Rep. Marcus Oshiro, a Democrat who has said he has reservations about the bill, proposed an amendment to delay discussion so lawmakers could have more flexibility to review more than 20,000 pieces of written testimony and spoken testimony from more than 5,000 people who signed up.
The amendment was rejected by a voice vote, as were two more amendments that proposed wider religious exemptions, including one that said if any part of the law is struck down in court, the whole gay marriage law would be overturned.
"I do not believe this idea is worth your time," said Rep. Della Belatti, a Democrat who supports gay marriage. She said the expanded exemptions would allow people to discriminate against gay people in many ways.
Another amendment to put the question of same-sex marriage to voters through a constitutional amendment failed in a roll call vote, 28-19 with four members excused.
Rep. Richard Fale, a Republican who pushed for allowing voters to decide the issue, said lawmakers aren't putting their best work forward by pushing the bill through a special session with backroom deals.
"My confidence in this body is shaken. The people's confidence in this body is shaken," Fale said. "We know that this is not the best we can do and we need to go back to work."
After a mid-afternoon recess for lunch, lawmakers considered several more proposed amendments into the evening.
Several proposed amendments introduced by Rep. Gene Ward, a Republican opponent to same-sex marriage, were quickly rejected in voice votes.
Later in the evening, Ward compared the potential impact of legalized same-sex marriage to the 9/11 terrorist attacks.
Tuesday evening, the House Judiciary and Finance committees agreed to advance the marriage equality bill after an unprecedented hearing that lasted about 56 hours over five days. More than 1,000 of the 5,184 people who had signed up to testify showed up at the state Capitol to speak to lawmakers, and the overwhelming majority were opposed to the bill, mostly for religious reasons.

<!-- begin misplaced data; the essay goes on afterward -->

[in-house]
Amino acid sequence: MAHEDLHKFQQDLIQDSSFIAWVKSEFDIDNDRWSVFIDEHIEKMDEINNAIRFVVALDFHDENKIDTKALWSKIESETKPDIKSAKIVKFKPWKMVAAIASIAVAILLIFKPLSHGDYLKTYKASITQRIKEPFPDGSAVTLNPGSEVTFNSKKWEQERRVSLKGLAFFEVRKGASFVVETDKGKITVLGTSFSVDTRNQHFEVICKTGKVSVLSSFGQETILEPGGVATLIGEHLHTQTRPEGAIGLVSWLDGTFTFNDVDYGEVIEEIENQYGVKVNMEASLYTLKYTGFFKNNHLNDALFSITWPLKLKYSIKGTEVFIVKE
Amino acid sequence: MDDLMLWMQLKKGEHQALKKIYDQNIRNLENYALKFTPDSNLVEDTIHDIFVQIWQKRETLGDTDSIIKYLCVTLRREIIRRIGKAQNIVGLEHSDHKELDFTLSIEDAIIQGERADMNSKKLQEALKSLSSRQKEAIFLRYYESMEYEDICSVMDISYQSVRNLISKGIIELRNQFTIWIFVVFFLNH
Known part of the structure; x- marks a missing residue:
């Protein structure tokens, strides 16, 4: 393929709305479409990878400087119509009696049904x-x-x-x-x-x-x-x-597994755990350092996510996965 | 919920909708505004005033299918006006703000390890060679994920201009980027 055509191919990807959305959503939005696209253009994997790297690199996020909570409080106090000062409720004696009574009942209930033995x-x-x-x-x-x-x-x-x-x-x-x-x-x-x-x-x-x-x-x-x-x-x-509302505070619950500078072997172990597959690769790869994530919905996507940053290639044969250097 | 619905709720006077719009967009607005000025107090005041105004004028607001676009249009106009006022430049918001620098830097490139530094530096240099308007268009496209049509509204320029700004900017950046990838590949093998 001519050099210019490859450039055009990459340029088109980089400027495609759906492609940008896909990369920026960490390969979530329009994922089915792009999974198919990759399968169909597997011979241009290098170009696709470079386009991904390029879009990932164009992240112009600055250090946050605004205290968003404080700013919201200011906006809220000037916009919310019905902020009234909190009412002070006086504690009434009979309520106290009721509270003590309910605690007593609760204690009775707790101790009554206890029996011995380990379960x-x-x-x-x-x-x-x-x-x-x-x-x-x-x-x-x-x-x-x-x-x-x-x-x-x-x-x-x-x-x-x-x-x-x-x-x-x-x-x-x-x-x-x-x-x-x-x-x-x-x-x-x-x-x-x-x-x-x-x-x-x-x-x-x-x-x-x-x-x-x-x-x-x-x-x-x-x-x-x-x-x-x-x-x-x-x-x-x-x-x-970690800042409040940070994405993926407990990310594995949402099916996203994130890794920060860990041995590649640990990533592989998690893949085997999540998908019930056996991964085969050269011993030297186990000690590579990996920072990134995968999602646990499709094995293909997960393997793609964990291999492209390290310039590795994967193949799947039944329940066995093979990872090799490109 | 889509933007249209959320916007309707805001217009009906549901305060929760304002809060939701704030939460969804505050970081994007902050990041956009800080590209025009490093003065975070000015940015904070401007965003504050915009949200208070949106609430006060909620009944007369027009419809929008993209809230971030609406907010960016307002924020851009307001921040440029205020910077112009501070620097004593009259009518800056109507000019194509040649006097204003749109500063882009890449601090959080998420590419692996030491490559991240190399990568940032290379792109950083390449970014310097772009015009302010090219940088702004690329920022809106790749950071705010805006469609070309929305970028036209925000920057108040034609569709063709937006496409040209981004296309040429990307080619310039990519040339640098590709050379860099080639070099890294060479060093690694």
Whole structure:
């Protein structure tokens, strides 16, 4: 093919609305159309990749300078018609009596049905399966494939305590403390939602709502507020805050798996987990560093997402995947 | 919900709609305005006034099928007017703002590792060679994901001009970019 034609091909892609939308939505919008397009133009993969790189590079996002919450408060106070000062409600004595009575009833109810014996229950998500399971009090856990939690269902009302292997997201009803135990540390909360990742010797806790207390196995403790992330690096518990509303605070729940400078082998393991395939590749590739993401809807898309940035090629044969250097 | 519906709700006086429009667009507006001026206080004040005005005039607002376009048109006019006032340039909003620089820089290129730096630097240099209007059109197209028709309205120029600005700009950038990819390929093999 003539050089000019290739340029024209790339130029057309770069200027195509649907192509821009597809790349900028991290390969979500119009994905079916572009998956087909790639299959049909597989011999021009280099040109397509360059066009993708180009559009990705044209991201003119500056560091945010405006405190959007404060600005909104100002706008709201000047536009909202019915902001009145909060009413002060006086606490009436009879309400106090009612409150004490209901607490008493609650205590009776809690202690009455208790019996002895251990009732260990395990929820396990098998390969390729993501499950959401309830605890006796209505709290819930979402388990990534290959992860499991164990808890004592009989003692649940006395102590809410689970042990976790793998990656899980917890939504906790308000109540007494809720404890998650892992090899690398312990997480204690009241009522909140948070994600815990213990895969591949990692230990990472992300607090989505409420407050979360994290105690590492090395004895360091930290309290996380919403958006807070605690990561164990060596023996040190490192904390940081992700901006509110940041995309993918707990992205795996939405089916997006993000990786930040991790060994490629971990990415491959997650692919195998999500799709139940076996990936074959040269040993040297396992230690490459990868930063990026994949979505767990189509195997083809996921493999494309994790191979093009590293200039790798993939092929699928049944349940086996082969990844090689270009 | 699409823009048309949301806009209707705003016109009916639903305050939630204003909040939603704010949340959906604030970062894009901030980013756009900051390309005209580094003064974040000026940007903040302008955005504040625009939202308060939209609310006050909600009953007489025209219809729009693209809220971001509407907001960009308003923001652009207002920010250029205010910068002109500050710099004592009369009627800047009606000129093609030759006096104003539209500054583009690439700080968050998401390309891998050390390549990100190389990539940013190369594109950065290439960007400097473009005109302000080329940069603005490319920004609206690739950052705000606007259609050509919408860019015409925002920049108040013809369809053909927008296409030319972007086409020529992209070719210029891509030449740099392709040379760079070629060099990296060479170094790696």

The religious exemption in the current bill is modeled after Connecticut law, which is considered among the broadest of states that allow gay marriage. Clergy would not be required to perform gay weddings, a right protected by the federal and state constitutions. Religious organizations as well as nonprofits aligned with religious organizations would have an exemption from the state's public accommodations law and could refuse to provide goods, services, facilities or grounds for weddings or wedding celebrations that violate religious beliefs.
The bill would also strip a section in the Senate's version that applied to parental rights. Some lawmakers were concerned about how Native Hawaiian ancestry might be recorded for the children of same-sex couples.
Gay couples would be able to marry starting Dec. 2 -- instead of Nov. 18 -- to give the state Department of Health adequate time to prepare.
The Senate would review the bill again if it clears the House. Senators could agree to accept the House version Tuesday and send the bill to Abercrombie, or could disagree, triggering a House-Senate conference committee to resolve the differences. House and Senate leaders have said they prefer to avoid conference committee, which would extend the special session and could create enough discord to threaten the bill's passage.